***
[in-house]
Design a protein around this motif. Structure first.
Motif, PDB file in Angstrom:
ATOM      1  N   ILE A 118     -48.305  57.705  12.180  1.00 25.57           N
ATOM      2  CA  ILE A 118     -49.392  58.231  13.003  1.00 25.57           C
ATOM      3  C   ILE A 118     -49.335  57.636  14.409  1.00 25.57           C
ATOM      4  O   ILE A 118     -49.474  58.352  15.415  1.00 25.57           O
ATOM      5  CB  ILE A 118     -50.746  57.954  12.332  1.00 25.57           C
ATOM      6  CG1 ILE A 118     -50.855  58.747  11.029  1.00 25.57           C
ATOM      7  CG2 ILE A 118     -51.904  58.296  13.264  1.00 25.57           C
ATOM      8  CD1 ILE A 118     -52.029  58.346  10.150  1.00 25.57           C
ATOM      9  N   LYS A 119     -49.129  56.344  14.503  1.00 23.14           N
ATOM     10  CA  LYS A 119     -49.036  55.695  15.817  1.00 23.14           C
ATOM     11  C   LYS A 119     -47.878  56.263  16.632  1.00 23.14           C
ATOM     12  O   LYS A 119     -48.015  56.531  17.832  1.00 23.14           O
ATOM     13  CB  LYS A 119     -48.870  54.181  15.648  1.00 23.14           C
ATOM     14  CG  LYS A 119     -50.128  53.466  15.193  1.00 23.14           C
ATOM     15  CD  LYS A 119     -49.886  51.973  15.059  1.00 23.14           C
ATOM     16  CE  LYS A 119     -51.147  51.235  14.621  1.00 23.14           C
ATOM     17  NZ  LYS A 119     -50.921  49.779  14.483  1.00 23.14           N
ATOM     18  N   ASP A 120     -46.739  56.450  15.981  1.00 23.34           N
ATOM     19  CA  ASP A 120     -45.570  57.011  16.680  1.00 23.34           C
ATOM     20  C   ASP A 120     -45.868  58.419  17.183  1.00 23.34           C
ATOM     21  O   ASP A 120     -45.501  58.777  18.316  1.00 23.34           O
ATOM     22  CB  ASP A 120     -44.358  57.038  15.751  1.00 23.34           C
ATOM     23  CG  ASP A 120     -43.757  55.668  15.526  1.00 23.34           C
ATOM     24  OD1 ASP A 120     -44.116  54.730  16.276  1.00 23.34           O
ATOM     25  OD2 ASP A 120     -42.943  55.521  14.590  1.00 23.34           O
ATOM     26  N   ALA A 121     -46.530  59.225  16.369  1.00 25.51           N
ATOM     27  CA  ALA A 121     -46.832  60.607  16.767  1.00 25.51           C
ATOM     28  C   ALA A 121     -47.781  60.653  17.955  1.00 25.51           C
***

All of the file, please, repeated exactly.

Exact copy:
[in-house]
Design a protein around this motif. Structure first.
Motif, PDB file in Angstrom:
ATOM      1  N   ILE A 118     -48.305  57.705  12.180  1.00 25.57           N
ATOM      2  CA  ILE A 118     -49.392  58.231  13.003  1.00 25.57           C
ATOM      3  C   ILE A 118     -49.335  57.636  14.409  1.00 25.57           C
ATOM      4  O   ILE A 118     -49.474  58.352  15.415  1.00 25.57           O
ATOM      5  CB  ILE A 118     -50.746  57.954  12.332  1.00 25.57           C
ATOM      6  CG1 ILE A 118     -50.855  58.747  11.029  1.00 25.57           C
ATOM      7  CG2 ILE A 118     -51.904  58.296  13.264  1.00 25.57           C
ATOM      8  CD1 ILE A 118     -52.029  58.346  10.150  1.00 25.57           C
ATOM      9  N   LYS A 119     -49.129  56.344  14.503  1.00 23.14           N
ATOM     10  CA  LYS A 119     -49.036  55.695  15.817  1.00 23.14           C
ATOM     11  C   LYS A 119     -47.878  56.263  16.632  1.00 23.14           C
ATOM     12  O   LYS A 119     -48.015  56.531  17.832  1.00 23.14           O
ATOM     13  CB  LYS A 119     -48.870  54.181  15.648  1.00 23.14           C
ATOM     14  CG  LYS A 119     -50.128  53.466  15.193  1.00 23.14           C
ATOM     15  CD  LYS A 119     -49.886  51.973  15.059  1.00 23.14           C
ATOM     16  CE  LYS A 119     -51.147  51.235  14.621  1.00 23.14           C
ATOM     17  NZ  LYS A 119     -50.921  49.779  14.483  1.00 23.14           N
ATOM     18  N   ASP A 120     -46.739  56.450  15.981  1.00 23.34           N
ATOM     19  CA  ASP A 120     -45.570  57.011  16.680  1.00 23.34           C
ATOM     20  C   ASP A 120     -45.868  58.419  17.183  1.00 23.34           C
ATOM     21  O   ASP A 120     -45.501  58.777  18.316  1.00 23.34           O
ATOM     22  CB  ASP A 120     -44.358  57.038  15.751  1.00 23.34           C
ATOM     23  CG  ASP A 120     -43.757  55.668  15.526  1.00 23.34           C
ATOM     24  OD1 ASP A 120     -44.116  54.730  16.276  1.00 23.34           O
ATOM     25  OD2 ASP A 120     -42.943  55.521  14.590  1.00 23.34           O
ATOM     26  N   ALA A 121     -46.530  59.225  16.369  1.00 25.51           N
ATOM     27  CA  ALA A 121     -46.832  60.607  16.767  1.00 25.51           C
ATOM     28  C   ALA A 121     -47.781  60.653  17.955  1.00 25.51           C